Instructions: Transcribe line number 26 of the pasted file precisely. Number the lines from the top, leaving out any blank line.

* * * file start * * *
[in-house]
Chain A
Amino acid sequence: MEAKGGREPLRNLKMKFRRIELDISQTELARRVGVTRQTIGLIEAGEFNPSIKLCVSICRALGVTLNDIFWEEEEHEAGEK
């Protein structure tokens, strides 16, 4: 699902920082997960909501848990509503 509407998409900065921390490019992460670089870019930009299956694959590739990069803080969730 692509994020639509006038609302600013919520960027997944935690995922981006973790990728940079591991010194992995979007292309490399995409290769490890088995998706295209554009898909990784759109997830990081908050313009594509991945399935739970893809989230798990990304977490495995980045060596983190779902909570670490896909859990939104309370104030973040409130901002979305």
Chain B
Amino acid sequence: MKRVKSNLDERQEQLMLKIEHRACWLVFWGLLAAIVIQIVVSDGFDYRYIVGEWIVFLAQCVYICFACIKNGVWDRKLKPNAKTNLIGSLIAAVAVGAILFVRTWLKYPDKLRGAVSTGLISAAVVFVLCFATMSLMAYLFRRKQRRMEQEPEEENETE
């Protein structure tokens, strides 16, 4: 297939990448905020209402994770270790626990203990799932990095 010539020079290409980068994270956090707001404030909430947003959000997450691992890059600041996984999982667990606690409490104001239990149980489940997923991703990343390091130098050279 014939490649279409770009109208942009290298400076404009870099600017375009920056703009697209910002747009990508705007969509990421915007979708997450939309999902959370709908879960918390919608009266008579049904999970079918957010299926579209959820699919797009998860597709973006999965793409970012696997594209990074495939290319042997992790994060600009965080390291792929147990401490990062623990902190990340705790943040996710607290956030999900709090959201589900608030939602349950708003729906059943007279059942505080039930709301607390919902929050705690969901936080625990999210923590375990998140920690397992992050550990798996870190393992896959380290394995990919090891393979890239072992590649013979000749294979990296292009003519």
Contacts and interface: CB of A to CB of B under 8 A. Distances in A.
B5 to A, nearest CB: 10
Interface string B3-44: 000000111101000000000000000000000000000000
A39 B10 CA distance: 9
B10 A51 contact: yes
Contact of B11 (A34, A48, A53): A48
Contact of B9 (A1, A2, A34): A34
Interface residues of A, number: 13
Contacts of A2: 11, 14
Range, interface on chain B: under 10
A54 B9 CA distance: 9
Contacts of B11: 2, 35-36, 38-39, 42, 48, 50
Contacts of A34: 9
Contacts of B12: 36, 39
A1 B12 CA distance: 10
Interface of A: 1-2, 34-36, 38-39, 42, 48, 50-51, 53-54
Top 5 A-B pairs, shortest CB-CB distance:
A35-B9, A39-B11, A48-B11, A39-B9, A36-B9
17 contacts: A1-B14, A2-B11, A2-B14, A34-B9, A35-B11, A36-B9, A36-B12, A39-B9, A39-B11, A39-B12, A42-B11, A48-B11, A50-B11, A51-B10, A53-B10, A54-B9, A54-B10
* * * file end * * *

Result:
17 contacts: A1-B14, A2-B11, A2-B14, A34-B9, A35-B11, A36-B9, A36-B12, A39-B9, A39-B11, A39-B12, A42-B11, A48-B11, A50-B11, A51-B10, A53-B10, A54-B9, A54-B10